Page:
Biodegradable, plant-based materials part of SCARPA 'Planet Friendly'
Eight new models from SCARPA embody the footwear brand’s new ‘SCARPA Planet Friendly’ initiative, a commitment to sourcing and employing recycled content materials and finding other ways to lessen its carbon footprint.
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BOULDER, Colo. – Five new models of trail runners and light hikers from SCARPA for Spring 2010 embody the footwear brand’s new ‘SCARPA Planet Friendly’ initiative, a commitment to sourcing and employing recycled content materials and finding other ways – such as midsoles that biodegrade in landfills – to lessen its carbon footprint.
Let’s face it: Almost no products are ‘green.’ Making a product still requires energy and the process uses materials. But that doesn’t mean that a company can’t be forward-looking about sourcing recycled materials and incorporating them into its supply chain, especially when those materials are as high-performing as traditional ones.
In fact, SCARPA has been using recycled content materials in different aspects of its hiking line for years. And this winter, it will unveil the world’s first line of ski boots made largely from plastic derived from plants rather than petroleum.
The new ‘Planet Friendly’ initiative for Spring 2010 not only marks SCARPA’s most comprehensive effort at building footwear using recycled and biodegradable technology, it also marks the beginning of an effort to let consumers know what it is doing to try to use less, and what it is doing to make materials purchases count in terms of supporting lower-impact technology. Five new shoes, the Pursuit and Pursuit GTX (trail runners), the Epic (hiking/approach shoe built on a trail runner chassis) and the Moraine and Moraine GTX (light hikers), incorporate the following ‘Planet Friendly’ materials choices.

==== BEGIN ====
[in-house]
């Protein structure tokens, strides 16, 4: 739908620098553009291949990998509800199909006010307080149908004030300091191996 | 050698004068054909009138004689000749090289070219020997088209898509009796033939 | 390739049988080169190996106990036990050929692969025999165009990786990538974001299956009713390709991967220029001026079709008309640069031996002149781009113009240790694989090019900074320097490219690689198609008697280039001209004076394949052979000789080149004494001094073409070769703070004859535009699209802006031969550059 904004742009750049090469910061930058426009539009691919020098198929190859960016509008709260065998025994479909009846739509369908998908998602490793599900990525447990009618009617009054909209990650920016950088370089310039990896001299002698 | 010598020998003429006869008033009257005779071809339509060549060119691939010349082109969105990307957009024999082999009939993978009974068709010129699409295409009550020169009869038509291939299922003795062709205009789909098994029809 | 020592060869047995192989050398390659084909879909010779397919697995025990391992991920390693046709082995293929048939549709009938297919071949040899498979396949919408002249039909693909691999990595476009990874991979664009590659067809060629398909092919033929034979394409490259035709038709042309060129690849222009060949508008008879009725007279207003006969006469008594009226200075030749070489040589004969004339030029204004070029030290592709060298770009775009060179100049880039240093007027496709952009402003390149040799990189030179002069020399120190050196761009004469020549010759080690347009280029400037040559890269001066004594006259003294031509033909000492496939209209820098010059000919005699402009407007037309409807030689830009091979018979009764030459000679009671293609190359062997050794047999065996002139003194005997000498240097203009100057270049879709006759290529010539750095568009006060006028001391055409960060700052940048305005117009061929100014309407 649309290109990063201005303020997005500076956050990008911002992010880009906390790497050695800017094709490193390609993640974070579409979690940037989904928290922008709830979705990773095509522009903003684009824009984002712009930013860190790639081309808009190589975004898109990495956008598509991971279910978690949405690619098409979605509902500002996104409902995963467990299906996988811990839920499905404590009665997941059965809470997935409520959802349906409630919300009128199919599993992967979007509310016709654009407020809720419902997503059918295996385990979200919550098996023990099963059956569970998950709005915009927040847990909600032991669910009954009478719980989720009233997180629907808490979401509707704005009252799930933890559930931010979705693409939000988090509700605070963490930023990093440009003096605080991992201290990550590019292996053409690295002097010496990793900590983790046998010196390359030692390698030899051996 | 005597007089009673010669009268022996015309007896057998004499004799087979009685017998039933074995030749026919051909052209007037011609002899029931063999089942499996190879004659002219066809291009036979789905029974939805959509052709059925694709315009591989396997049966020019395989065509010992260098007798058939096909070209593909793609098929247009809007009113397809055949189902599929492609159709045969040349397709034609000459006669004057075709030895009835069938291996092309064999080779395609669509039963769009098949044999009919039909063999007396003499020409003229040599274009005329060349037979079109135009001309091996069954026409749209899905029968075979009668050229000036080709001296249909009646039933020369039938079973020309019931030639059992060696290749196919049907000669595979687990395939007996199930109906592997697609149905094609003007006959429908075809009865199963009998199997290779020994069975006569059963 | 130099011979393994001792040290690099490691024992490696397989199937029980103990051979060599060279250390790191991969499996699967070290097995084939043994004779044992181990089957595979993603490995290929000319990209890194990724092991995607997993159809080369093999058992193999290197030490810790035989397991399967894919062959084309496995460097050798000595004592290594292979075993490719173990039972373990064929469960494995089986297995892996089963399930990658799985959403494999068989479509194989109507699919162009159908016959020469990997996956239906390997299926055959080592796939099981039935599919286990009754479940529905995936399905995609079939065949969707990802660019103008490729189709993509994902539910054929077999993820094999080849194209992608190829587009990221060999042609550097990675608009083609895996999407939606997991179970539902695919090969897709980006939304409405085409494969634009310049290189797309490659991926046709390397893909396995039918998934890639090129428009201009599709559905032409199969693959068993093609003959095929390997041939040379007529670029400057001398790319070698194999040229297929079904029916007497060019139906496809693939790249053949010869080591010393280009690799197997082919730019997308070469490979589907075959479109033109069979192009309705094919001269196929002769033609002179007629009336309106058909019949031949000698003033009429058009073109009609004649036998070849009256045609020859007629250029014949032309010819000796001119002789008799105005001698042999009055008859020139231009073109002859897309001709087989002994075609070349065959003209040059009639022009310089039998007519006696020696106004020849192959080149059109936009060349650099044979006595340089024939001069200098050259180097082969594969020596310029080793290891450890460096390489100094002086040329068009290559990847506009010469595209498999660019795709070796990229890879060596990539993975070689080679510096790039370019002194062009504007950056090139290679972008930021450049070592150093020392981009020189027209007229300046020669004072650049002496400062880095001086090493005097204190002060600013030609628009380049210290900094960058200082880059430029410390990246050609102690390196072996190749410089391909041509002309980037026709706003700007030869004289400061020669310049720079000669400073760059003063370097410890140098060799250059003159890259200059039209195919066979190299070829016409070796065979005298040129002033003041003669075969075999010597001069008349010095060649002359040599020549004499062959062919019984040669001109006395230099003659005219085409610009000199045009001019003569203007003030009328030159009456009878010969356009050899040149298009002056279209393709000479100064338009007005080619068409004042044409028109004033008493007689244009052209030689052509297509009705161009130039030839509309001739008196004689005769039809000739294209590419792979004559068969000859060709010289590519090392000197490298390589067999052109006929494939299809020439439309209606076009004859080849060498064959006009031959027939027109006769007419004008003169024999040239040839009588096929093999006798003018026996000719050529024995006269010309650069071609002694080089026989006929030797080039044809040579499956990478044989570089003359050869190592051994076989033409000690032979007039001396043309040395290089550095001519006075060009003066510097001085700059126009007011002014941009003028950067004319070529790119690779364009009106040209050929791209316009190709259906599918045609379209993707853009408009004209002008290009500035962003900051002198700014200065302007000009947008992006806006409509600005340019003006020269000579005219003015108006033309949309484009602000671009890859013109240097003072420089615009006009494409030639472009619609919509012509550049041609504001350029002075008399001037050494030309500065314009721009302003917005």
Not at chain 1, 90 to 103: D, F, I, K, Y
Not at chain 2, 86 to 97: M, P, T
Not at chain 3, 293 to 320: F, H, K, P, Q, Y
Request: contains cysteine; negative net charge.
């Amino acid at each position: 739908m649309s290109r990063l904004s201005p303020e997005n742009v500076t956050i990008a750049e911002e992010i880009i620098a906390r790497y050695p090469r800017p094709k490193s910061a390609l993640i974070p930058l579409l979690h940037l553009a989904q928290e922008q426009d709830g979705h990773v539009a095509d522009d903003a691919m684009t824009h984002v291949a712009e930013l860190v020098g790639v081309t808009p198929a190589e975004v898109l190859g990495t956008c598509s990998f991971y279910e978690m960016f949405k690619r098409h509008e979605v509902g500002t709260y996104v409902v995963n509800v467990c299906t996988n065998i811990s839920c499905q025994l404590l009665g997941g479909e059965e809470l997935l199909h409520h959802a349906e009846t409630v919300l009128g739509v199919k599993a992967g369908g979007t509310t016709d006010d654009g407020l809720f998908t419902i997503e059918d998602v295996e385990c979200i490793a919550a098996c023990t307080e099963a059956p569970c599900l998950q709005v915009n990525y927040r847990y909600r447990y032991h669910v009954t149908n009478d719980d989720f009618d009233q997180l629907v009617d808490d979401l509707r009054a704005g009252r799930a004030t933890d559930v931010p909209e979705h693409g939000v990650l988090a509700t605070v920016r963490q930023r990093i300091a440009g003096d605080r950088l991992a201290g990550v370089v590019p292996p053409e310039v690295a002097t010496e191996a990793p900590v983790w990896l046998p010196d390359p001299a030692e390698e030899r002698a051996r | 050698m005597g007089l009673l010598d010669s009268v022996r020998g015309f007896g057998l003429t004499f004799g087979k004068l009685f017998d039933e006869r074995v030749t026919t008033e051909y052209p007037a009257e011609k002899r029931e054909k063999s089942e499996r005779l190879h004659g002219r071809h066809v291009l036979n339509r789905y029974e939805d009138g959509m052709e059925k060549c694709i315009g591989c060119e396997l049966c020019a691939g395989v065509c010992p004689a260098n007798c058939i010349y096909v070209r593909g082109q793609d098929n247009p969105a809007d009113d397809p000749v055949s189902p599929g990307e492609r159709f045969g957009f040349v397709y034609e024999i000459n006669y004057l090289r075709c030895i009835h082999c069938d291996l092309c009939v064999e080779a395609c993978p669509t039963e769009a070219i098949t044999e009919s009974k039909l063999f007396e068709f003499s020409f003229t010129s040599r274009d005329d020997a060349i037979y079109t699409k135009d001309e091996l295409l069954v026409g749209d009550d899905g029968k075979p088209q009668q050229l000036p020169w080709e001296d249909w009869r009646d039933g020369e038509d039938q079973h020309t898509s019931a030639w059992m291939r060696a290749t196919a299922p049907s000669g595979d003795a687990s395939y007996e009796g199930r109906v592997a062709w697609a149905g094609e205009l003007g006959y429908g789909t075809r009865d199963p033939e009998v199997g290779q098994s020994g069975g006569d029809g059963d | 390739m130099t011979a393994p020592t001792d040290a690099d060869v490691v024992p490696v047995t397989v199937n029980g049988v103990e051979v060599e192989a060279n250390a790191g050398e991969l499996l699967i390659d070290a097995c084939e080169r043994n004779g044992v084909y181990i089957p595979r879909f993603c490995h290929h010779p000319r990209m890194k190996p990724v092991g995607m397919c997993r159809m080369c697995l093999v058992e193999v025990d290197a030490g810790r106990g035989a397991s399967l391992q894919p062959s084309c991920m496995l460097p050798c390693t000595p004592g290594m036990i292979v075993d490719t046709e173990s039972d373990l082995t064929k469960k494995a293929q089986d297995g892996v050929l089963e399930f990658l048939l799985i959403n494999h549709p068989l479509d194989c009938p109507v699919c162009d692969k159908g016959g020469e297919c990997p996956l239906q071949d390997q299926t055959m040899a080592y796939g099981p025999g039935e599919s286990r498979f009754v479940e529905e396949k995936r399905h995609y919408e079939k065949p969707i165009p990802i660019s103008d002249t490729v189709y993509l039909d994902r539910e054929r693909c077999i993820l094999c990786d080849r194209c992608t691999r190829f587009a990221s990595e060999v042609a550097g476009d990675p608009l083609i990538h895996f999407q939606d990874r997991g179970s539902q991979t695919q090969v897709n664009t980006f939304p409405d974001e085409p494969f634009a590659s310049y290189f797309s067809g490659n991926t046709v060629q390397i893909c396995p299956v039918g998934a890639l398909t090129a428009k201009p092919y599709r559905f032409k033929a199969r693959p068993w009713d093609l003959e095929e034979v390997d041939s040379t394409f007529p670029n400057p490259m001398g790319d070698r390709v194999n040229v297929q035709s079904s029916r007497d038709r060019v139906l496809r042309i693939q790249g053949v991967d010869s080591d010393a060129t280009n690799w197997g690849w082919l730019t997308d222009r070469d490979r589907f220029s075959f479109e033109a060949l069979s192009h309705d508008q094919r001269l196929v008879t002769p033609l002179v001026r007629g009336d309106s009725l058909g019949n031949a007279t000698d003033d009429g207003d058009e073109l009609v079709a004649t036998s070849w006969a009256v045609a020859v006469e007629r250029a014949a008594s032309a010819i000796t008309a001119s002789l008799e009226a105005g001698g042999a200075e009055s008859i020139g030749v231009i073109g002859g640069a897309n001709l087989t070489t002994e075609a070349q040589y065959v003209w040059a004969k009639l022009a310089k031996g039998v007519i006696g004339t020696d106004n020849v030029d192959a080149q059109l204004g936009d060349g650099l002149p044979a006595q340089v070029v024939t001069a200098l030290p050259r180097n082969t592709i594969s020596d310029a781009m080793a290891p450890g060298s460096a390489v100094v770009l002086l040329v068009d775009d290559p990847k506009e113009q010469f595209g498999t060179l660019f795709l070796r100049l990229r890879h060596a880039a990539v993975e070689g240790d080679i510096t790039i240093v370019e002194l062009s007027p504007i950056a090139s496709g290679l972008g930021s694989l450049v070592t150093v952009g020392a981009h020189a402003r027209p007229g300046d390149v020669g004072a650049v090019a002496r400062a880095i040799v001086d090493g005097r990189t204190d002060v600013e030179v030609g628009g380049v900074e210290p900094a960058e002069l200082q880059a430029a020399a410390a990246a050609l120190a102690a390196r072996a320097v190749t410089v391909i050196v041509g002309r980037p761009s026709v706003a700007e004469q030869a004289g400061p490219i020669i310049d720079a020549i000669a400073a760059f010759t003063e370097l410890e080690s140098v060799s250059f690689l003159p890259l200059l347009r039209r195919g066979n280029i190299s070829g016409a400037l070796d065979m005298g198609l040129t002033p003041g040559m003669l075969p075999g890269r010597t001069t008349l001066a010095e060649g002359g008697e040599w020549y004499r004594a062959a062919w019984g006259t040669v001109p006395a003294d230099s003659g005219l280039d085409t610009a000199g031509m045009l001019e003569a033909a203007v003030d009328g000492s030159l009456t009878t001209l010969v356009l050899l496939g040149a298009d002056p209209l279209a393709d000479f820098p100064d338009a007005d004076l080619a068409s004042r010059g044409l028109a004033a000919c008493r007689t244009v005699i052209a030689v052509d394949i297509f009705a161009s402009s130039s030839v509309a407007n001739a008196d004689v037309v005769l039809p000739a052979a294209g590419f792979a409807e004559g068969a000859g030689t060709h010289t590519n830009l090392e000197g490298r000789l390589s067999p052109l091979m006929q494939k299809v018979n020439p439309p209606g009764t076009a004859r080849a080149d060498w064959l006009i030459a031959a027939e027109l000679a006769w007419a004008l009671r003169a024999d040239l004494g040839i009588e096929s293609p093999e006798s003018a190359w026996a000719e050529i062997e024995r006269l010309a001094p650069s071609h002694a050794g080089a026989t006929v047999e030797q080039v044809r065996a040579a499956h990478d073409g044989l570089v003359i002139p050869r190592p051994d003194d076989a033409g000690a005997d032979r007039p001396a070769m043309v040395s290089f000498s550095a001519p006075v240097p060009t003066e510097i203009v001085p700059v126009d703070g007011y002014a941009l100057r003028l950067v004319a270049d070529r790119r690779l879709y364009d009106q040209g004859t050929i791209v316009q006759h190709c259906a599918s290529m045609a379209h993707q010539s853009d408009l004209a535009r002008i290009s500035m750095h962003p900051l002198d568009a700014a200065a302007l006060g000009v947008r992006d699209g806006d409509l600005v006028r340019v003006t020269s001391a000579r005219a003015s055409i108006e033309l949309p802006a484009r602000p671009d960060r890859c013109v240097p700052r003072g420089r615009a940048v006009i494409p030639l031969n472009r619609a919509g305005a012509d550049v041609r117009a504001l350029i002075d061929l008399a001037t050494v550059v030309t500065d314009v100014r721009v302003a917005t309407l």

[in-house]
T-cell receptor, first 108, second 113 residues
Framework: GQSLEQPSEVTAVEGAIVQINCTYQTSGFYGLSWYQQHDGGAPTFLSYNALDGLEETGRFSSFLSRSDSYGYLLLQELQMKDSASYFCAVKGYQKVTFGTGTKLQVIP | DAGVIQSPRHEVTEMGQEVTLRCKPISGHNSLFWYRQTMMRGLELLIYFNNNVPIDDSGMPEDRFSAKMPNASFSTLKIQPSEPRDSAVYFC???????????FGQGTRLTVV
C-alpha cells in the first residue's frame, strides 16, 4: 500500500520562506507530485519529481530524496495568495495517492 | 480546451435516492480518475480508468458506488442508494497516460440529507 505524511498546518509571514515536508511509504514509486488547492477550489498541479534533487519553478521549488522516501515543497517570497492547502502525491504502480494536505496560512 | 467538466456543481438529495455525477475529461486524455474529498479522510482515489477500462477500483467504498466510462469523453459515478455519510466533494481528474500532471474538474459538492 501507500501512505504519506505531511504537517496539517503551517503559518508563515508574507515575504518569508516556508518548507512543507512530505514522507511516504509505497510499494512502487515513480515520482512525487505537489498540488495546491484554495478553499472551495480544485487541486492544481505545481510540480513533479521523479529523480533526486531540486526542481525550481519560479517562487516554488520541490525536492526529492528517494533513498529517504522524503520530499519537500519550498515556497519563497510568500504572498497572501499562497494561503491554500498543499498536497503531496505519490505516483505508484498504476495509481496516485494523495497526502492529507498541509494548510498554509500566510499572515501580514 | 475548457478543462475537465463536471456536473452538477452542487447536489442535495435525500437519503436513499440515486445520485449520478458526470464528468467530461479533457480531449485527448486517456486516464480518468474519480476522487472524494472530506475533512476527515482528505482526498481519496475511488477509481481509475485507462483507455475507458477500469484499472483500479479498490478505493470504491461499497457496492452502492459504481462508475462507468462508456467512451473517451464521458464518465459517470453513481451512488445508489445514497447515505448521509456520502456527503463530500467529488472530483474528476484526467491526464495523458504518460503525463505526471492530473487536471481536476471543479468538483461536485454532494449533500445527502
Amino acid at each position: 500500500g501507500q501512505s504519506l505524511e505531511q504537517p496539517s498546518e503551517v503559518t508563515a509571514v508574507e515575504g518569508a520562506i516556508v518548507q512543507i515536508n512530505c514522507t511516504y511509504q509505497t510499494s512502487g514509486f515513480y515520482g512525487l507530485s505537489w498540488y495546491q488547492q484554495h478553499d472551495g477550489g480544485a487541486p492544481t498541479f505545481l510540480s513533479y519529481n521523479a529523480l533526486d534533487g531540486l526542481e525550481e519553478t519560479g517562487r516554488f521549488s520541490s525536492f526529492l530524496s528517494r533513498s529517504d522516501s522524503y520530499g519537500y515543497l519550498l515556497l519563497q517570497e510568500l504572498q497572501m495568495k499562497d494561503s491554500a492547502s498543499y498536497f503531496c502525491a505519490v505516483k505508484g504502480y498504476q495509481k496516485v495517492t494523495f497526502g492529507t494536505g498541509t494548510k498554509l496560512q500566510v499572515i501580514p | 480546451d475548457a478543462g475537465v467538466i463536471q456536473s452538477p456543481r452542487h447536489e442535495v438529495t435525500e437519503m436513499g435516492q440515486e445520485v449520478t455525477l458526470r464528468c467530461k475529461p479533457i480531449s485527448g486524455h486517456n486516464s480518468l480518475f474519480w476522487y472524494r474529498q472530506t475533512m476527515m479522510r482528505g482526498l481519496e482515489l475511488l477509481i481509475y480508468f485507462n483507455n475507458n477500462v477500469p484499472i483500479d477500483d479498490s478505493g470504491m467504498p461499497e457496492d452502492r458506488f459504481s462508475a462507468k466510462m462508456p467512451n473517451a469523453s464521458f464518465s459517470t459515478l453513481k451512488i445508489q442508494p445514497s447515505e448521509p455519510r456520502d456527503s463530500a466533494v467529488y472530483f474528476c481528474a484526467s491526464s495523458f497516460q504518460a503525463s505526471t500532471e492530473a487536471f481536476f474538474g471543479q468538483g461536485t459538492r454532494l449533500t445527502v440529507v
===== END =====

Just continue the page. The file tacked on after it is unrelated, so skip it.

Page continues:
• Midsoles use EcoPure, an additive that helps the EVA break down in roughly 20 years under landfill conditions versus more than 1,000 years for normal EVA
• 100 percent recycled webbing and lace
• 100 percent recycled lining; 70 percent recycled strobel
• 40 percent recycled synthetic leather
• 29 percent recycled polyester mesh
• 25 percent recycled rubber outside
Moving forward, the SCARPA Eco ski boot program, telemark and alpine-touring boots made from Pebax Rnew, a version of the Pebax plastic that is made 90 percent from oil derived from the castor plant instead of petroleum-based oil, will also fall under the SCARPA Planet Friendly designation. Pebax Rnew is the same material as Pebax, with the same high-end performance characteristics, except that it requires 29 percent less fossil fuel and puts out 32 percent fewer emissions in the process taking Rnew from raw to useable material.
“Sourcing new technologies that help us lessen our impact is an ongoing process, and the Planet Friendly initiative is about letting our customers know in very specific terms how we’re trying to incorporate these emerging technologies into our line, not about ‘another green story’ or about congratulating ourselves,” said SCARPA North America CEO Kim Miller. “SCARPA Planet Friendly is a continuous effort to reduce our impact on the environment. If we do our job right, we’ll help drive demand for better and better technologies that help us continue to lessen our footprint.”
About SCARPA and SCARPA North America
Founded in 1938, SCARPA builds performance footwear for climbing, hiking, skiing, mountaineering, trail running and other outdoor pursuits from its headquarters in Asolo, Italy. SCARPA has been owned and operated by the Parisotto family since 1956. In 2005, SCARPA opened its North American headquarters in Boulder, Colo., staffed and directed by veterans of the North American outdoor industry, to oversee sales, marketing and distribution in the U.S. and Canada. For more information about SCARPA footwear, visit www.scarpa.com.
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